Could the iCloud have an impact on NAND flash? One analyst thinks it might. Reuters

It's a simple case of where Apple goes the industry goes and that could be bad news for manufacturers of NAND flash memory.

Apple's use of NAND flash in its products has set the tone for the emerging market. However, demand for NAND could take a tumble if Apple's iCloud service takes off according to a new report from the IHS iSuppli Memory and Storage Service.

Apple has contributed greatly to the growth of the NAND business in recent years, Dee Nguyen, memory analyst at IHS. However, the company's adoption of cloud storage could have significant implications because the fastest-growing segment of the NAND flash market lies in the storage component of convergent mobile devices like smartphones and tablets.

Apple will remain the world's largest buyer of NAND flash memory this year because of the iPad and iPhone, accounting for 30 percent of global demand. Of the global market of 18.5 billion gigabyte-equivalent units, Apple products represent 5.2 billion gigabyte-equivalent units. However, this could cause trouble as Apple stresses iCloud.

With Apple products like the iPhone and iPad accounting for a disproportionate share of NAND flash demand, any move among Apple users to offload storage to the company's iCloud service could mean a corresponding decrease in demand for physical NAND flash memory in the future, Nguyen said.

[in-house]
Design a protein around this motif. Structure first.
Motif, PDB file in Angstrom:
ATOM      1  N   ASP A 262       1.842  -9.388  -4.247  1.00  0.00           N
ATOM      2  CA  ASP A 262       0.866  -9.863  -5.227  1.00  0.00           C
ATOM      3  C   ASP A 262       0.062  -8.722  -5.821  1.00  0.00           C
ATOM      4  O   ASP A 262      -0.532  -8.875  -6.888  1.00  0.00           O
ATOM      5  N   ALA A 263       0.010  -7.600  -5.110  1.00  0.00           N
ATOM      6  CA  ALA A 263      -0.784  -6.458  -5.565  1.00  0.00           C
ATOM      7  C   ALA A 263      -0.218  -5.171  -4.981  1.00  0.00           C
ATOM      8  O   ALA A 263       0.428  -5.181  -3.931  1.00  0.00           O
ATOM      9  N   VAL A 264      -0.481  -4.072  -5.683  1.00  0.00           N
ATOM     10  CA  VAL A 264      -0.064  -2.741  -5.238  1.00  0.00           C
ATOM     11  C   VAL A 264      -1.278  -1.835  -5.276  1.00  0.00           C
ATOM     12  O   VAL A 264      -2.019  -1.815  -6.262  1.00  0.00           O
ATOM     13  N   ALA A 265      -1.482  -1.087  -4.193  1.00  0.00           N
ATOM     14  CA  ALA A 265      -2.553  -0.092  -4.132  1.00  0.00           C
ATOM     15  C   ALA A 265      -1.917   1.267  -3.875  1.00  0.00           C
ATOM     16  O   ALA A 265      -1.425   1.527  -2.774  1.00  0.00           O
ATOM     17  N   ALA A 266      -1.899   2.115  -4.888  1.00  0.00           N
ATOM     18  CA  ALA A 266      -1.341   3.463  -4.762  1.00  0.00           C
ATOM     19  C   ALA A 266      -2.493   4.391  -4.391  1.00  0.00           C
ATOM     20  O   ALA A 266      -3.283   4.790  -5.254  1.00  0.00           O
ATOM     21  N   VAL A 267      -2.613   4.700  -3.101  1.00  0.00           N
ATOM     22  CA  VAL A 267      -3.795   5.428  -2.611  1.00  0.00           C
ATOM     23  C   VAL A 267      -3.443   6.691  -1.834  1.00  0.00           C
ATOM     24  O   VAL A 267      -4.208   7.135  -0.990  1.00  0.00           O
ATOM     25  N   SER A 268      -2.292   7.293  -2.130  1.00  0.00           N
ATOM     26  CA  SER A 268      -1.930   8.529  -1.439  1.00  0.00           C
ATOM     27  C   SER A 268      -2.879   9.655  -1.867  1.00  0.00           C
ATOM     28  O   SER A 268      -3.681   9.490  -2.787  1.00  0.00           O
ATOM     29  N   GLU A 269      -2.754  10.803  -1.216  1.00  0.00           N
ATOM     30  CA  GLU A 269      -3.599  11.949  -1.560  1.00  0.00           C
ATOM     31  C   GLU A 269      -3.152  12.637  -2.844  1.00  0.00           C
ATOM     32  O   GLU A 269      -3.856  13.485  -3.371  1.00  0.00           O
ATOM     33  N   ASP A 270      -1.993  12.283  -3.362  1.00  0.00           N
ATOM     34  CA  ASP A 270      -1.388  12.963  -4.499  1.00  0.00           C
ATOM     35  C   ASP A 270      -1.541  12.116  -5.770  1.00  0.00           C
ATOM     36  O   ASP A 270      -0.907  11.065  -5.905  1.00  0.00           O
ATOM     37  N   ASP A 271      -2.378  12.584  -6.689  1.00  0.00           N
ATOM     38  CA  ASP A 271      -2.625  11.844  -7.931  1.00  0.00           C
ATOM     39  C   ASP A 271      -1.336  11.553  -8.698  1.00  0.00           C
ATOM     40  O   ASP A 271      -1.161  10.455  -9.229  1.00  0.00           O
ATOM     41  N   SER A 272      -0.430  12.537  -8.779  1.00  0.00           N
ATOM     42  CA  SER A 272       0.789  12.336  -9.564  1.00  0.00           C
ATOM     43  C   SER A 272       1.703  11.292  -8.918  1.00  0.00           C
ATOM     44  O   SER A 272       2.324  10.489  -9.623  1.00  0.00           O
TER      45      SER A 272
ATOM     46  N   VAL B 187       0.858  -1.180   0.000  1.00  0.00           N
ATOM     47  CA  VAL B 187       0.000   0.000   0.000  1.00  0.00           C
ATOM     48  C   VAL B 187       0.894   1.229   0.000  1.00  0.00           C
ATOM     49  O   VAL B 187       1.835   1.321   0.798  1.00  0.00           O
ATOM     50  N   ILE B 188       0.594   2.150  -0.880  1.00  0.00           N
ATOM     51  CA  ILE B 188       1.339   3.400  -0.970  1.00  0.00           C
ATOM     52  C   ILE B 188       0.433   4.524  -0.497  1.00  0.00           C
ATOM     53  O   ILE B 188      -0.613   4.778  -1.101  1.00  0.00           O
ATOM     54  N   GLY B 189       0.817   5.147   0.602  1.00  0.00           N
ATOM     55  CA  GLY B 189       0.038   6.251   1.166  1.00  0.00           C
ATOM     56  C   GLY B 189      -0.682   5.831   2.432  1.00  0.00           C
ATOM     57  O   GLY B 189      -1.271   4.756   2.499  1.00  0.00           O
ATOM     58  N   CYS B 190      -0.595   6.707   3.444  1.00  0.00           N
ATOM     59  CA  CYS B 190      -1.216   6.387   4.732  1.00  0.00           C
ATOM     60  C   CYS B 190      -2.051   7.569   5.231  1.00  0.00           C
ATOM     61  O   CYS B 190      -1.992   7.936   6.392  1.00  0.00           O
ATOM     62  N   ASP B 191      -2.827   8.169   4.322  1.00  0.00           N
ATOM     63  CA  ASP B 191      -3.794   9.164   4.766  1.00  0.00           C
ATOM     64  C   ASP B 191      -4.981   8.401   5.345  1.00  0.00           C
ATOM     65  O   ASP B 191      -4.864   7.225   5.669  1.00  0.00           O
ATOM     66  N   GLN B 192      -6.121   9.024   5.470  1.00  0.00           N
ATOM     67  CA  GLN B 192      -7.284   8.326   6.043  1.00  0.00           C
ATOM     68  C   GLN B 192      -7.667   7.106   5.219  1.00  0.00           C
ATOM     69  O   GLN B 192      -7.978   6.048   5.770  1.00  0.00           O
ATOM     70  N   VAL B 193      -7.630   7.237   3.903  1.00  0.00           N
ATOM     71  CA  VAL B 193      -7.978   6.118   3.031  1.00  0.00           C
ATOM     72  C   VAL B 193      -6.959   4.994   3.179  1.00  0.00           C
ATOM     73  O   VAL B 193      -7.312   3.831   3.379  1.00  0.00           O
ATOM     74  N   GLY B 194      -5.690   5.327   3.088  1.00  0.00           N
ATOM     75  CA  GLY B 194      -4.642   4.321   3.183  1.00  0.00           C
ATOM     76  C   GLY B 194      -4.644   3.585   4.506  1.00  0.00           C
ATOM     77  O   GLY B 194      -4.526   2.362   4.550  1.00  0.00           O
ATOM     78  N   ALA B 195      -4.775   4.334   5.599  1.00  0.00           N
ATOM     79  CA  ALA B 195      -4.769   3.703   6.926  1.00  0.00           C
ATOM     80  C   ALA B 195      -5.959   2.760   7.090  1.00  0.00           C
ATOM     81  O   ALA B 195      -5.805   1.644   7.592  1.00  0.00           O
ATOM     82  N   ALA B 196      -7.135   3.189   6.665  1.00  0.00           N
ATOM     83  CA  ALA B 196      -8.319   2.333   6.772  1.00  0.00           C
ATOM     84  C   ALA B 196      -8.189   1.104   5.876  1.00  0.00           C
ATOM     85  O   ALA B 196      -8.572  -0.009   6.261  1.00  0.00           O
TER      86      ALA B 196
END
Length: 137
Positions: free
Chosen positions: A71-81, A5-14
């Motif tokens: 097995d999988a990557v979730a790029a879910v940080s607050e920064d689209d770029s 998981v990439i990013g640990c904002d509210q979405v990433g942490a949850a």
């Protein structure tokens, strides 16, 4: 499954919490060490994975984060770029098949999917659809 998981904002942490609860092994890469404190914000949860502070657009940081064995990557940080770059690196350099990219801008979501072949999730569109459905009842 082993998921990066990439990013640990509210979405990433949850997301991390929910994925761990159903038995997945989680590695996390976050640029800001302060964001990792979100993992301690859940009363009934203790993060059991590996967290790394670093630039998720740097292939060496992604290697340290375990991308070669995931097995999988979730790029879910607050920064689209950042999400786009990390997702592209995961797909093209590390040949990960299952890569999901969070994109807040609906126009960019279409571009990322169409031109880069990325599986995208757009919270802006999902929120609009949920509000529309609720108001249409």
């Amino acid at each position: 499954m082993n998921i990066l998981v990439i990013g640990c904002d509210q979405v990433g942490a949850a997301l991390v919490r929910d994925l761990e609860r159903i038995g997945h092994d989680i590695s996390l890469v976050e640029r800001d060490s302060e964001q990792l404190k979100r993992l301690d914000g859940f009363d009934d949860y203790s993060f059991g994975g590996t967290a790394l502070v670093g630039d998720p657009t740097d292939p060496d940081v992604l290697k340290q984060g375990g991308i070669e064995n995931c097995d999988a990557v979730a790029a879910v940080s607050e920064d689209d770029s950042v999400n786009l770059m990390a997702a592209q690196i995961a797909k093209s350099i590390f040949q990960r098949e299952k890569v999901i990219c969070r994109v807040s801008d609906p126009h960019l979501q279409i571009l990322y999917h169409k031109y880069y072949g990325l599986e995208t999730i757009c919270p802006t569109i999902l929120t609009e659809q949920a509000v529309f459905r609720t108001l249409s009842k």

Nguyen says free storage of songs on iCloud would decrease the need for local storage on the PC, smartphone or tablet. If there was a decrease of consumption of 100 gigabytes per user, the effect from Apple's huge database of users would cause a huge dent in NAND flash demand.

Apple released the iCloud back in June at its annual Worldwide Developer's conference. The service offers seamless integration and access of music, photos, apps and documents on Apple servers with any Apple device. While there have been other cloud systems, Apple has the biggest ecosystem of any technology company and the most likely to impact NAND flash technology.

Still, Nguyen says the threat from the cloud is still low in the short and midterm. IHS still expects demand for flash technology to increase all the way to 2014. For one, Nguyen says cloud is only available through Wi-Fi technology and that has limited availability. Plus, there is a cost factor. NAND is a lot cheaper than the cloud price of $24.99 for the iTunes Match storage fee.

To be sure, consumers can overcome the cost factor. But until issues surrounding data security can be adequately addressed-and more important, until Wi-Fi access becomes more widespread-the future for NAND flash memory remains relatively safe, Nguyen says.

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